Top positive review
7 people found this helpful
intricate, substantial and compelling.
on 15 October 2009
Editors continue their path for artistic integrity and musical freedom by going wherever they want, and doing whatever they want. Seemingly created absent from any considerations of how many this will sell, this, their third record, is their apex of achievement. Whilst some people think a band like Coldplay may be vaguely edgy, Editors are off in another orbit by dispensing with guitars almost completely and relying on a brave new world made of a tight, coiled rhythm section and a crescendo of synth sweeps seemingly carved from the soft, home made Tandy kits last seen on early New Order records.
Whilst the voice is intact and present, and the lyrical concerns the same, a usual palette of coastal wind, an absent God, a bullet, and light, Editors are clearly - wether they want to admit it or not - influenced by Joy Division, but also, in these songs and to these ears, keenly trained in the dynamics of Garage Rock, Kraftwerk, and the Brian Eno. Keyboard motifs rise and fall, simple and straightforward, but never inane or anything less than intricate, substantial and compelling.
Having seen these new songs performed live to a somewhat indifferent crowd, I can confirm that exposure and repeated listening are integral to these songs. Editors songs are not instant grooves, but carefully constructed and intelligent creations that reveal their mysteries and depths slowly. There are moments - the midpoint-break of "Papillion" and "Bricks And Mortar" - where, for those us with a large memory are reminded of Depeche Mode's mid 80's high point, built around images that are merely fragments of a larger story. Here, "It kicks like a Sleeptwitch" speaks at a level as profound as the words "Miles To Go". The human mind is smart enough to fill the gaps.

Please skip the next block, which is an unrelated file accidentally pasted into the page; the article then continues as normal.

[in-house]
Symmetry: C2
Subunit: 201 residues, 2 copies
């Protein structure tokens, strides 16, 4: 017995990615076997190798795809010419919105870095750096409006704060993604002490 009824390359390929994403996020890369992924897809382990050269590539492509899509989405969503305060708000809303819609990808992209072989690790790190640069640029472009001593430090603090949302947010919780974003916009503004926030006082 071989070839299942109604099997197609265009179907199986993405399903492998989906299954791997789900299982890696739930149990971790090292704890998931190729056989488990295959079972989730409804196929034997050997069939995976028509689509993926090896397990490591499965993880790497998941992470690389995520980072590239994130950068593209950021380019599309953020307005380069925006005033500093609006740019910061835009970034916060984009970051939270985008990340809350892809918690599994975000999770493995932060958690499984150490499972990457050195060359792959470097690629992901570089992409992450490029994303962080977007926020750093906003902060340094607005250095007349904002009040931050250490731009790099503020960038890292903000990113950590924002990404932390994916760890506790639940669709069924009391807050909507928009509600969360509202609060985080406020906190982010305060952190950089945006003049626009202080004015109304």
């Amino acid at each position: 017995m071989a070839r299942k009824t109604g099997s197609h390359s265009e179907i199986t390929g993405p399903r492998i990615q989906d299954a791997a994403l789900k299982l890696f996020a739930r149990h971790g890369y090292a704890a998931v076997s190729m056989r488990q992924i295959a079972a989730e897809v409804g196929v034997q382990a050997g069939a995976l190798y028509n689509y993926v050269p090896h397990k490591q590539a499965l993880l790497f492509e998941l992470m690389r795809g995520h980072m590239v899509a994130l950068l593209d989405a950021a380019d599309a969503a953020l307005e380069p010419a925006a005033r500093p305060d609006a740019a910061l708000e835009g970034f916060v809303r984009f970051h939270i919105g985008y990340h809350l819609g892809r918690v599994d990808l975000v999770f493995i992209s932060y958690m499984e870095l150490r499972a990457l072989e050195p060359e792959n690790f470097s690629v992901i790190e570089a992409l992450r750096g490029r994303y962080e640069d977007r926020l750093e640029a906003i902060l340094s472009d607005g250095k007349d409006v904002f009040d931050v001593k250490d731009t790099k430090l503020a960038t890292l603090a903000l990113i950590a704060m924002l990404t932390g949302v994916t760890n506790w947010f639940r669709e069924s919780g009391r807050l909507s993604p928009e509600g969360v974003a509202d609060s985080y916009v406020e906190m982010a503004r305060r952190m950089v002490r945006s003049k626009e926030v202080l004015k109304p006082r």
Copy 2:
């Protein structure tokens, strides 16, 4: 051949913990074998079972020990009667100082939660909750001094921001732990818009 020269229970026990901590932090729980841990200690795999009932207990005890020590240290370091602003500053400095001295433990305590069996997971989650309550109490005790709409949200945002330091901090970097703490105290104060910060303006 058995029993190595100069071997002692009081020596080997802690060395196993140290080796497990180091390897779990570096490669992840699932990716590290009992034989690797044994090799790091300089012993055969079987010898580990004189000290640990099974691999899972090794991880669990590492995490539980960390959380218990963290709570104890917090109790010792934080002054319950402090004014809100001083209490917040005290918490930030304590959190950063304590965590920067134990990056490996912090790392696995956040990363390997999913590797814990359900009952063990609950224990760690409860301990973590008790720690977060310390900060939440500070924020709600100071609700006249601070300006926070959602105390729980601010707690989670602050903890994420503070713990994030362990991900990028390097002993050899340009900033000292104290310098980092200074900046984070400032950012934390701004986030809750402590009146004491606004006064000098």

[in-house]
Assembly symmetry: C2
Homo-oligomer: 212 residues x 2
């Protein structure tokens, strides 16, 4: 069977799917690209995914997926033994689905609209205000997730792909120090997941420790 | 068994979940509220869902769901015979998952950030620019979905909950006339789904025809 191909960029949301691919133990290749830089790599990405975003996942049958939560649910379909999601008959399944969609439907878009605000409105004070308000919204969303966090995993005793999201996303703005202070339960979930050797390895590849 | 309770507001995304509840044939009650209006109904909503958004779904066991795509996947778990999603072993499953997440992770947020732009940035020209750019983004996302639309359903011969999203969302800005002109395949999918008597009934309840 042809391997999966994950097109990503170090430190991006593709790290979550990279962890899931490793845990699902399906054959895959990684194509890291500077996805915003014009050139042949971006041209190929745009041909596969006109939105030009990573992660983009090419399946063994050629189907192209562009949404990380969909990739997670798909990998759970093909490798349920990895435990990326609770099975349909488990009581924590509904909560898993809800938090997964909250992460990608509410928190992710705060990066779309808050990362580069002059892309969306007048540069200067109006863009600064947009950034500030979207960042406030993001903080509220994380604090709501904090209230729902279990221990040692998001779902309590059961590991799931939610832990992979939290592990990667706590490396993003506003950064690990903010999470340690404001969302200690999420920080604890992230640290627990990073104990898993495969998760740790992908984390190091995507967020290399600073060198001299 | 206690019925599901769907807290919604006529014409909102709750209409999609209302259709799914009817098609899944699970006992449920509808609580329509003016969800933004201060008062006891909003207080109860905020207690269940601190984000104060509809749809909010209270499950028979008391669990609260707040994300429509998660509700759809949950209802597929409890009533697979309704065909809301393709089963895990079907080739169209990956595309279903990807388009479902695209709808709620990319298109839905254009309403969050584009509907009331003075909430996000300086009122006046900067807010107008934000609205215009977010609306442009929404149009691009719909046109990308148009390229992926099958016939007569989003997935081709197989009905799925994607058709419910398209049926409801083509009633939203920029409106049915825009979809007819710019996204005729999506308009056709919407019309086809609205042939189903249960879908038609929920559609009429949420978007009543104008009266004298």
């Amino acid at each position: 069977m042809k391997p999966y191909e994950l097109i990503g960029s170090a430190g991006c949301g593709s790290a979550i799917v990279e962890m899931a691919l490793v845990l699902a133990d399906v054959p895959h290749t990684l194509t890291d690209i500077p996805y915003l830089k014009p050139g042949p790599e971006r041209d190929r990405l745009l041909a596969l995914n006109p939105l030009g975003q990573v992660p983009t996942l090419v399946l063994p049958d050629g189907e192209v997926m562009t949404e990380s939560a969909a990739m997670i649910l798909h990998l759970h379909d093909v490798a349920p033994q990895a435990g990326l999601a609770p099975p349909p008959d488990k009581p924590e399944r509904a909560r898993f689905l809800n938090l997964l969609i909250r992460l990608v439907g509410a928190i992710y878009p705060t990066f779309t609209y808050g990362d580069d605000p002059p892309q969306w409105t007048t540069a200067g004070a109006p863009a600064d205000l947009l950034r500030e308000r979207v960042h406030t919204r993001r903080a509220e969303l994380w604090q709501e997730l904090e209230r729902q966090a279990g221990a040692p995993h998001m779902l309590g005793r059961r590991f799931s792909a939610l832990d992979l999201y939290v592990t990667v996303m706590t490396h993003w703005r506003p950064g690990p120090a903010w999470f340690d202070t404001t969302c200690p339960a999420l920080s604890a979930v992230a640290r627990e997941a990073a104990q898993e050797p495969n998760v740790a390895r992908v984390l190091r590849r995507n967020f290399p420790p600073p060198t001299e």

The story behind these songs are, like all great art, questing, searching, looking for something. There's a question in the heart of everything, for no sane being can truly admit they know everything : or even enough to be satisfied.
For those of you who are adamant that Editors are depressed guitar rock, it is time to scoff. There is nary a guitar on this record at all - though there is something that could be a guitar on "You Don't Know Love" - akin to the quantum leap between "Movement" and "Power Corruption And Lies", where the world expanded, the leap from black and white to colour.
Some records you grab hold of at first listen, and come back to you for years and years and years. This is one of those records. Free of padding, filled with vision and compelling songwriting - whilst aware of history, and unafraid to walk in the shadow of their influences, Editors also make these influences their own, and create something new as a result. A triumph.